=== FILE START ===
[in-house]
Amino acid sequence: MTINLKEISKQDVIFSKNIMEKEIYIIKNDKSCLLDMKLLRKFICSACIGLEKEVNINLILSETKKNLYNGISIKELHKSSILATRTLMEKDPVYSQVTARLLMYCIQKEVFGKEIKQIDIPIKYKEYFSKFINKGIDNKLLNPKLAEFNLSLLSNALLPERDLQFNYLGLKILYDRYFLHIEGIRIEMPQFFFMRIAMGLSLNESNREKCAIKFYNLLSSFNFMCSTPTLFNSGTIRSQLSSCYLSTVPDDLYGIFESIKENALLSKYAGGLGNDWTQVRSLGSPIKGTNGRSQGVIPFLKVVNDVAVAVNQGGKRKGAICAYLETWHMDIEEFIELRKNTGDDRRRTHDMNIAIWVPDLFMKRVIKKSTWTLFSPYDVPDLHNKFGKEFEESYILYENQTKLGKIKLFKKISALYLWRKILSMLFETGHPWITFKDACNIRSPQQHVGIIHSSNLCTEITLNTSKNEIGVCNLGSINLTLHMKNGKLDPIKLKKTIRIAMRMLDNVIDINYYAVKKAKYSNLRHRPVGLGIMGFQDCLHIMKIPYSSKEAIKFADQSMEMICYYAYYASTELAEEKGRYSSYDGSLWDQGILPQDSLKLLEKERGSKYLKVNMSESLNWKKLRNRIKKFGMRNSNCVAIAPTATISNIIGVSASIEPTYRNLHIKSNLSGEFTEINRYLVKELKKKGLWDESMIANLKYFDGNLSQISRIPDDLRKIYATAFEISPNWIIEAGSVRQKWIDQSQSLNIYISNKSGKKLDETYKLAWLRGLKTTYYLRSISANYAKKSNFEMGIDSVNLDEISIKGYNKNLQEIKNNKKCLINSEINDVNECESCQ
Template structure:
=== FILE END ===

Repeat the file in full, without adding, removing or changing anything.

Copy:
[in-house]
Amino acid sequence: MTINLKEISKQDVIFSKNIMEKEIYIIKNDKSCLLDMKLLRKFICSACIGLEKEVNINLILSETKKNLYNGISIKELHKSSILATRTLMEKDPVYSQVTARLLMYCIQKEVFGKEIKQIDIPIKYKEYFSKFINKGIDNKLLNPKLAEFNLSLLSNALLPERDLQFNYLGLKILYDRYFLHIEGIRIEMPQFFFMRIAMGLSLNESNREKCAIKFYNLLSSFNFMCSTPTLFNSGTIRSQLSSCYLSTVPDDLYGIFESIKENALLSKYAGGLGNDWTQVRSLGSPIKGTNGRSQGVIPFLKVVNDVAVAVNQGGKRKGAICAYLETWHMDIEEFIELRKNTGDDRRRTHDMNIAIWVPDLFMKRVIKKSTWTLFSPYDVPDLHNKFGKEFEESYILYENQTKLGKIKLFKKISALYLWRKILSMLFETGHPWITFKDACNIRSPQQHVGIIHSSNLCTEITLNTSKNEIGVCNLGSINLTLHMKNGKLDPIKLKKTIRIAMRMLDNVIDINYYAVKKAKYSNLRHRPVGLGIMGFQDCLHIMKIPYSSKEAIKFADQSMEMICYYAYYASTELAEEKGRYSSYDGSLWDQGILPQDSLKLLEKERGSKYLKVNMSESLNWKKLRNRIKKFGMRNSNCVAIAPTATISNIIGVSASIEPTYRNLHIKSNLSGEFTEINRYLVKELKKKGLWDESMIANLKYFDGNLSQISRIPDDLRKIYATAFEISPNWIIEAGSVRQKWIDQSQSLNIYISNKSGKKLDETYKLAWLRGLKTTYYLRSISANYAKKSNFEMGIDSVNLDEISIKGYNKNLQEIKNNKKCLINSEINDVNECESCQ
Template structure: